Schizophrenia was first conceptualised by Emil Kraepelin as “dementia praecox”, a group of three disorders of “insanity” with adolescence-to-young-adulthood onset and a progressively deteriorating course culminating in dementia (Kraepelin, 1987 and McKenna, 2007). Kraepelin emphasised the involvement of the frontal and temporal lobes, as well as corresponding executive dysfunction, in dementia praecox. The current consensus is that schizophrenia is not a dementia, but Kraepelin׳s concept of dementia praecox may yet apply to some patients, especially those who are the most severely unwell. These are the patients subjected to recurrent hospitalisation and who are reliant on carers when living in the community. This subtype of schizophrenia has been termed “Kraepelinian schizophrenia” (Keefe et al., 1987) and “poor-outcome schizophrenia” (Mitelman and Buchsbaum, 2007). Some of these patients have cognitive and daily functioning levels similar to that seen in dementia, with a pattern resembling the behavioural variant frontotemporal dementia (bvFTD), including severe executive and memory impairments and fronto-temporal hypoperfusion (de Vries et al., 2001). A key clinical role of our specialist neuropsychiatry unit is to assess patients with chronic schizophrenia who are referred for investigations of possible dementia, due to functional decline over and above that expected in schizophrenia. It is noteworthy that these more severely-unwell schizophrenia patients are often excluded from research studies investigating cognition because of issues with “testability” and compliance. FTD, a younger-onset dementia, is the most common clinical syndrome associated with frontotemporal lobar degeneration (Neary et al., 2005). This pattern of neurodegeneration may manifest clinically as bvFTD or as one of several variants of language disorders – semantic dementia (SD), progressive non-fluent aphasia (PNFA), and logopenic progressive aphasia (LPA) (Gorno‐Tempini et al., 2004 and Gorno-Tempini et al., 2011). The current research focused only on the bvFTD population. The characteristic neuropsychiatric disturbances in bvFTD include behaviour and personality change, loss of empathy and insight, emotional blunting, apathy, and executive dysfunction (Gregory et al., 1998, Neary et al., 1998b and McKhann et al., 2001). These features are also seen in people with chronic schizophrenia (Weinberger, 1988 and McKenna, 2007), which can result in challenging differential diagnosis between the two disorders (Woolley et al., 2011), particularly when age of onset is younger in bvFTD compared to other dementias. The overlap in clinical presentation in bvFTD and schizophrenia mainly pertains to negative symptoms, although behavioural disinhibition is seen in both disorders. Frank psychosis is thought to be rare in bvFTD (Mendez et al., 2008), but the rates of occurrence may differ as a function of age. We have previously reported that younger patients with bvFTD can present initially with a schizophrenia-like psychosis (Velakoulis et al., 2009b). Some patients with late-onset schizophrenia (LOS) have been shown to have FTD-like neuropathological abnormalities (Velakoulis et al., 2009a). While grey and white matter abnormalities are typical of both schizophrenia and FTD (Shenton et al., 2001, Buchsbaum et al., 2006, Schroeter et al., 2008 and Looi et al., 2012), the current consensus is that these brain changes are progressive only in FTD. Nevertheless, schizophrenia may also be associated with progression in brain abnormalities (DeLisi, 2008) and there may be an absence of atrophy in a subset of patients with so-called non-progressive FTD (Kipps et al., 2007). Two very recent reviews have investigated the relationship between schizophrenia and FTD from a number of perspectives, including phenotypic or clinical overlaps and shared genetic and pathophysiologic mechanisms (Cooper and Ovsiew, 2013 and Harciarek et al., 2013). While a definitive link between the two disorders was not found (Cooper and Ovsiew, 2013), it remains a possibility that the same causal mechanisms are involved early in schizophrenia and late in FTD in some cases (Harciarek et al., 2013). In the absence of “hard” evidence supporting a relationship between schizophrenia and bvFTD, comparative studies in neuropsychology can provide useful information about the level and profile of impairment in each disorder. Such information has implications for daily functioning and disorder-specific brain-behaviour relationships (Goldberg et al., 2001) and for clinical differentiation between the disorders. Only a few studies have directly contrasted neurocognition in schizophrenia and bvFTD. Zakzanis et al. (2001) identified performance overlap on 34 out of 38 individual test variables between 32 patients with LOS (average age of onset was 48 years) and 12 bvFTD patients. bvFTD patients were significantly more impaired in letter fluency, category fluency, and concept formation/set-shifting, whereas LOS patients were significantly worse on digit span. A second study (Ziauddeen et al., 2011) compared 11 bvFTD patients and 12 patients with negative syndrome chronic schizophrenia patients in executive functioning – bvFTD patients had significantly reduced category fluency and inhibition ability, but the differences were not significant in letter fluency, cognitive estimation, letter-number sequencing, rule attainment, and on a naturalistic multi-tasking test. In a third study, probabilistic association learning, which is thought to rely on intact fronto-striatal function, was found to be equally impaired in nine bvFTD patients and 24 patients with schizophrenia/schizoaffective disorder (Weickert et al., 2013). Lastly, in a Dutch study, bvFTD patients were more impaired on the Mini-Mental State Examination (Folstein et al., 1975) and Frontal Assessment Battery (Dubois and Litvan, 2000) (a measure of executive functioning) than elderly schizophrenia patients (Sanders et al., 2012). Taken together, these studies imply that schizophrenia and bvFTD share many similarities on comprehensive neuropsychological testing, and the lack of a consistent pattern of deficits across studies is likely due to the different subtype of schizophrenia under study. In summary, there is increasing recognition of possible links between schizophrenia and bvFTD. We postulate that these overlaps may be most apparent in a poorly-functioning Kraepelinian subtype with a dementia-like cognitive and functional status. Kraepelinian patients may differ from those patients with chronic schizophrenia who with treatment eventually stabilise in their clinical picture and are able to maintain some degree of functional and occupational independence (although never quite recovering to pre-morbid levels). Functional and cognitive deficits are thought to be strongly associated in schizophrenia (Mitelman and Buchsbaum, 2007). Consistent with this, previous research has found inpatients with schizophrenia to be more impaired in both global cognition and specific cognitive domains compared to community-dwelling patients with schizophrenia (Irani et al., 2011). A pilot study has reported more impaired executive functioning and fine motor dexterity in Kraepelinian compared to non-Kraepelinian patients (Roy et al., 2003). In the current study, we aimed to compare the neurocognitive profiles of chronic schizophrenia outpatients (Scz), chronic schizophrenia inpatients conforming to the Kraepelinian schizophrenia subtype (KScz), patients with bvFTD and healthy controls (HC) across major cognitive domains. We hypothesised that (i) the KScz and bvFTD groups would demonstrate very similar performances across cognitive domains, whereas there would be greater difference in the Scz-bvFTD profiles in terms of severity of impairment, and (ii) compared to the control groups, the Scz group would be the least impaired among the patient groups.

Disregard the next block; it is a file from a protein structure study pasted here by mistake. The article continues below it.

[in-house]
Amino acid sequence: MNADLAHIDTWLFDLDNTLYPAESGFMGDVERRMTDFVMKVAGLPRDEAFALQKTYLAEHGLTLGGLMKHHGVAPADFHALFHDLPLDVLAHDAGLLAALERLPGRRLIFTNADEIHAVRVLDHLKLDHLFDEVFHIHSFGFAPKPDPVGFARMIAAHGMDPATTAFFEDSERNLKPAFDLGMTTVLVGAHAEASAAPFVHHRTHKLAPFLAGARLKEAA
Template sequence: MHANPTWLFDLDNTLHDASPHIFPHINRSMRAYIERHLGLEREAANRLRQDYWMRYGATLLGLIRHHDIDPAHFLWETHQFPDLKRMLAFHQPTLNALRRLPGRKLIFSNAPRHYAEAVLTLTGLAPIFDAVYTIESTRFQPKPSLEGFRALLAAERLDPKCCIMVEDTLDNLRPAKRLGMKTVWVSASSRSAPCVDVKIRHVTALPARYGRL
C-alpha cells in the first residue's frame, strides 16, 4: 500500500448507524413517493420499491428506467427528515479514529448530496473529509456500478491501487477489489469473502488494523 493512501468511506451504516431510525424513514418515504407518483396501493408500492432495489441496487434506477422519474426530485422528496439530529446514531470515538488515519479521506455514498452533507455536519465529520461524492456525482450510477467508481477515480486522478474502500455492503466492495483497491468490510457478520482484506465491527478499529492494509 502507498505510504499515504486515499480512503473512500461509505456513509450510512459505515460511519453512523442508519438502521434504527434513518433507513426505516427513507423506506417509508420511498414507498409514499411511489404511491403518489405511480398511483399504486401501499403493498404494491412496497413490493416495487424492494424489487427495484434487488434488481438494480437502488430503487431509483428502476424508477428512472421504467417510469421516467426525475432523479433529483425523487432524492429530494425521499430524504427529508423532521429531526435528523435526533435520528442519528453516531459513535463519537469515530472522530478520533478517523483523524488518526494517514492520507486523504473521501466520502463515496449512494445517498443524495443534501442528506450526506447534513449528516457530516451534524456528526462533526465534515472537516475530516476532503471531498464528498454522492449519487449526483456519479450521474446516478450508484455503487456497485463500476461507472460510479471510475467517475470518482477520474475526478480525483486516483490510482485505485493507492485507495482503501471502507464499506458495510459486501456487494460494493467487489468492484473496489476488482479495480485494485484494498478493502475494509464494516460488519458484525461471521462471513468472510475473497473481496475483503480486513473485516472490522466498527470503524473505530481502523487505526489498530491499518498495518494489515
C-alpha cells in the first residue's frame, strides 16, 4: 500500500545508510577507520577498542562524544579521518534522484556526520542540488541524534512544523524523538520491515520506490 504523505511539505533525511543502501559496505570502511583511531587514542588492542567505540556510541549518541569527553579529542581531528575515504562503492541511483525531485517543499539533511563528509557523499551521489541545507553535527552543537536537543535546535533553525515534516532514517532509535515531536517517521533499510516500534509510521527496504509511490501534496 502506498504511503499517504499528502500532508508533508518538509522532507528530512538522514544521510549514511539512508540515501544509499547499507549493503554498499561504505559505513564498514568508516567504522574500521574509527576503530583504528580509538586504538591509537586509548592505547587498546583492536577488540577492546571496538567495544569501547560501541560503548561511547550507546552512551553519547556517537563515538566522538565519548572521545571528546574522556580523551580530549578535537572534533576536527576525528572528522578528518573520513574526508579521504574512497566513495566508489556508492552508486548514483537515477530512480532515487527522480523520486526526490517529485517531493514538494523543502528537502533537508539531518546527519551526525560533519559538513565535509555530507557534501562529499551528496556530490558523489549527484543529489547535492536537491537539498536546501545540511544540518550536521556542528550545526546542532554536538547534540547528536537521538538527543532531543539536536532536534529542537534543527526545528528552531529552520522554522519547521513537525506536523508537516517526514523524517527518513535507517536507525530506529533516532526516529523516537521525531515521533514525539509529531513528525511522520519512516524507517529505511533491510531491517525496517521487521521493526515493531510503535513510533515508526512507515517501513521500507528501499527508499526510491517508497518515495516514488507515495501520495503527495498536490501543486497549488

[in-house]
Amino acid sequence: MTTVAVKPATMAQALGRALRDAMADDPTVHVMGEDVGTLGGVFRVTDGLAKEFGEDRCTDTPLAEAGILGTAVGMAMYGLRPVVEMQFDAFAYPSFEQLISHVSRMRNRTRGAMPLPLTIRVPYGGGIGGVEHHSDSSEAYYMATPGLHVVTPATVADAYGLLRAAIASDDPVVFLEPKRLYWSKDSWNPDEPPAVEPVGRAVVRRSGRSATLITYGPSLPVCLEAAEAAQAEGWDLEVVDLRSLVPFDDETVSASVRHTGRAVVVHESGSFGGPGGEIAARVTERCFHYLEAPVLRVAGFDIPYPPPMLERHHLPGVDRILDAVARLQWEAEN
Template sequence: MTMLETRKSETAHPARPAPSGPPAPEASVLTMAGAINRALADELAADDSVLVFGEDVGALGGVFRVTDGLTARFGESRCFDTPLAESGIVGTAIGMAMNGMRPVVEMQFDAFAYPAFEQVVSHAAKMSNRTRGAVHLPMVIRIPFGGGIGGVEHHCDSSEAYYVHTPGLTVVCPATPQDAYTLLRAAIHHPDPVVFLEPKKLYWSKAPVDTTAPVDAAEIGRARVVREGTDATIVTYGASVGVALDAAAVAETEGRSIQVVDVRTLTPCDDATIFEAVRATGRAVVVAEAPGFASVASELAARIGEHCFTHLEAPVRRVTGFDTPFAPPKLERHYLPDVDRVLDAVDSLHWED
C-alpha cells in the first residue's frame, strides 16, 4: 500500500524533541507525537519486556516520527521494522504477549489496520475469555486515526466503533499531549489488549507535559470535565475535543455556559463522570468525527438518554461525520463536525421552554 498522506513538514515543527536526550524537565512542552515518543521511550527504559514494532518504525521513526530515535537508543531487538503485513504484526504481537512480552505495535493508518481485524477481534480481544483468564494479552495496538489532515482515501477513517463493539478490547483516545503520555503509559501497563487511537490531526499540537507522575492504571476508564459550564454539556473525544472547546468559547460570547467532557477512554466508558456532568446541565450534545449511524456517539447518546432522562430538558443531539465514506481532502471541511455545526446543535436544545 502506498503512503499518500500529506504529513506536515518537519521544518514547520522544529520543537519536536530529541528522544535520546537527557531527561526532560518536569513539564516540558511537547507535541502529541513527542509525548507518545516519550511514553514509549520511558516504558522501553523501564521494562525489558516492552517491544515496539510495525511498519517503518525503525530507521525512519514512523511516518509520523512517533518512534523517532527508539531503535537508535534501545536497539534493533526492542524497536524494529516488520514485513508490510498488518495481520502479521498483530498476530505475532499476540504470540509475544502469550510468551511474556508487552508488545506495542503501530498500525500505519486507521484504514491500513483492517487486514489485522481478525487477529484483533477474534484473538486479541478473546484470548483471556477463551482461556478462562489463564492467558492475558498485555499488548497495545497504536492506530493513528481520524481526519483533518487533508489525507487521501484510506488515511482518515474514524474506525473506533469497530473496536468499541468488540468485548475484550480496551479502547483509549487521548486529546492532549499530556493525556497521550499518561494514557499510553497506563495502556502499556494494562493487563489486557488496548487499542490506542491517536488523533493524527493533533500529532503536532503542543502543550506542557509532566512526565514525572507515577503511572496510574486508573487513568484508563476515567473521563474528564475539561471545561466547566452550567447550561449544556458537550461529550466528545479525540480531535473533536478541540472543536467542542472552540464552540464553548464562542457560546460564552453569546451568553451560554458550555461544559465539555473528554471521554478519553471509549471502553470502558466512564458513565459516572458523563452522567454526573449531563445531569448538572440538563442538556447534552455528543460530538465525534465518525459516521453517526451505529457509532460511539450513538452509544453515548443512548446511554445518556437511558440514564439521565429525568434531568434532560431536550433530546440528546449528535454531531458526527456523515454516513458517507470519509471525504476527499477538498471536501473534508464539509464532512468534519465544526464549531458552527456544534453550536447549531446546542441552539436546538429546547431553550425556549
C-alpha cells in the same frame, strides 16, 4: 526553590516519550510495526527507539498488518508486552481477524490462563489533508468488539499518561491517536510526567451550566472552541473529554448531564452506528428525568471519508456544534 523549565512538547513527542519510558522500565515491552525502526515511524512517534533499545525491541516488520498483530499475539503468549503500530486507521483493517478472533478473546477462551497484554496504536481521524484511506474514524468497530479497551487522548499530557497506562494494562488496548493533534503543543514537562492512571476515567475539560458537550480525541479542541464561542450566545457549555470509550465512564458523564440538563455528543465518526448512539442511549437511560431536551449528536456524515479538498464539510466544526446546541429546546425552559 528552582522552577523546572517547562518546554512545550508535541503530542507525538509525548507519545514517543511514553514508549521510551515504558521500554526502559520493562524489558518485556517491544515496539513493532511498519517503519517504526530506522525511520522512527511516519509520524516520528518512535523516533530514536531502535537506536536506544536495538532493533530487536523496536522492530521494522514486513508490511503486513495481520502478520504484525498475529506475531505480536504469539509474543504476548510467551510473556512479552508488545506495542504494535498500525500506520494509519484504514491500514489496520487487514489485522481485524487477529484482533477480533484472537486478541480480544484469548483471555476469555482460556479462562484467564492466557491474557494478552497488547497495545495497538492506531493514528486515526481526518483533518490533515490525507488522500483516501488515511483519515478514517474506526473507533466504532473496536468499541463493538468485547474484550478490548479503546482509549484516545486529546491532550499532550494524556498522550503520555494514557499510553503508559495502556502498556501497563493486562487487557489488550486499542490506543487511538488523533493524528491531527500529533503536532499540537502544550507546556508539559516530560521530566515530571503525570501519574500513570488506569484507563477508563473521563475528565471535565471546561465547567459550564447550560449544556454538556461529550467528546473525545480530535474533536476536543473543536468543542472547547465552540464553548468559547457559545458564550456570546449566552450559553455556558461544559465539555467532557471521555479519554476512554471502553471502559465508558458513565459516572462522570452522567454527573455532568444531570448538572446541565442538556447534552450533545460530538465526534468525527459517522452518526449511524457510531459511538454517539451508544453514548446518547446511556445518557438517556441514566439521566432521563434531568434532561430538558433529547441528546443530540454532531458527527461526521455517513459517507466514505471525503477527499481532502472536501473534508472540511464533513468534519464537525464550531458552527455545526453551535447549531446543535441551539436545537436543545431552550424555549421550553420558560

نتیجه گیری انگلیسی
The current study identified that poorly-functioning patients with chronic schizophrenia can exhibit cognitive impairment as severe as that of people with frontotemporal dementia. While the current findings provide support for the existence of a subgroup of patients with severe chronic schizophrenia reminiscent of Kraepelinian “dementia praecox”, future research with larger samples is required to confirm these findings.